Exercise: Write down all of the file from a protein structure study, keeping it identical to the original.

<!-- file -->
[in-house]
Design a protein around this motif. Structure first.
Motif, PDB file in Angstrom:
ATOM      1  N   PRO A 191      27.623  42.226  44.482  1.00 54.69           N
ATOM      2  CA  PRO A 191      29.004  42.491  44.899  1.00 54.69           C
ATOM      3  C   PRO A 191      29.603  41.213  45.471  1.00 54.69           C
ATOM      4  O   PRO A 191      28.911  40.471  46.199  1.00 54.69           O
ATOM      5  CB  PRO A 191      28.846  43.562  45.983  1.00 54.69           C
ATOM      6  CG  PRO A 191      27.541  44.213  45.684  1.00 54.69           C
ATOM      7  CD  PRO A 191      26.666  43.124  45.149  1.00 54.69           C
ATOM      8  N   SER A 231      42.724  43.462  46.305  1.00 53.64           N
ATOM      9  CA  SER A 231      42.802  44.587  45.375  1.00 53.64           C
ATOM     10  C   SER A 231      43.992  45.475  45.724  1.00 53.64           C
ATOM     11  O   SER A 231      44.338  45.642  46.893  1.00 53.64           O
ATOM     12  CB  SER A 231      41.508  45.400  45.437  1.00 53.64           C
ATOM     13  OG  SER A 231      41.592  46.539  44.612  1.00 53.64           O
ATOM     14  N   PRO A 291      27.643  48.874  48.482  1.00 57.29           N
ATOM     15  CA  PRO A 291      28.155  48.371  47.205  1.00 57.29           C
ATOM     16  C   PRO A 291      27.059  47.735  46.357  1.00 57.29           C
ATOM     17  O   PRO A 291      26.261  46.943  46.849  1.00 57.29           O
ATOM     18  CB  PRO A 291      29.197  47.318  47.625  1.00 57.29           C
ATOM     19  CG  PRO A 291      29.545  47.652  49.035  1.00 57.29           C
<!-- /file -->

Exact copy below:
[in-house]
Design a protein around this motif. Structure first.
Motif, PDB file in Angstrom:
ATOM      1  N   PRO A 191      27.623  42.226  44.482  1.00 54.69           N
ATOM      2  CA  PRO A 191      29.004  42.491  44.899  1.00 54.69           C
ATOM      3  C   PRO A 191      29.603  41.213  45.471  1.00 54.69           C
ATOM      4  O   PRO A 191      28.911  40.471  46.199  1.00 54.69           O
ATOM      5  CB  PRO A 191      28.846  43.562  45.983  1.00 54.69           C
ATOM      6  CG  PRO A 191      27.541  44.213  45.684  1.00 54.69           C
ATOM      7  CD  PRO A 191      26.666  43.124  45.149  1.00 54.69           C
ATOM      8  N   SER A 231      42.724  43.462  46.305  1.00 53.64           N
ATOM      9  CA  SER A 231      42.802  44.587  45.375  1.00 53.64           C
ATOM     10  C   SER A 231      43.992  45.475  45.724  1.00 53.64           C
ATOM     11  O   SER A 231      44.338  45.642  46.893  1.00 53.64           O
ATOM     12  CB  SER A 231      41.508  45.400  45.437  1.00 53.64           C
ATOM     13  OG  SER A 231      41.592  46.539  44.612  1.00 53.64           O
ATOM     14  N   PRO A 291      27.643  48.874  48.482  1.00 57.29           N
ATOM     15  CA  PRO A 291      28.155  48.371  47.205  1.00 57.29           C
ATOM     16  C   PRO A 291      27.059  47.735  46.357  1.00 57.29           C
ATOM     17  O   PRO A 291      26.261  46.943  46.849  1.00 57.29           O
ATOM     18  CB  PRO A 291      29.197  47.318  47.625  1.00 57.29           C
ATOM     19  CG  PRO A 291      29.545  47.652  49.035  1.00 57.29           C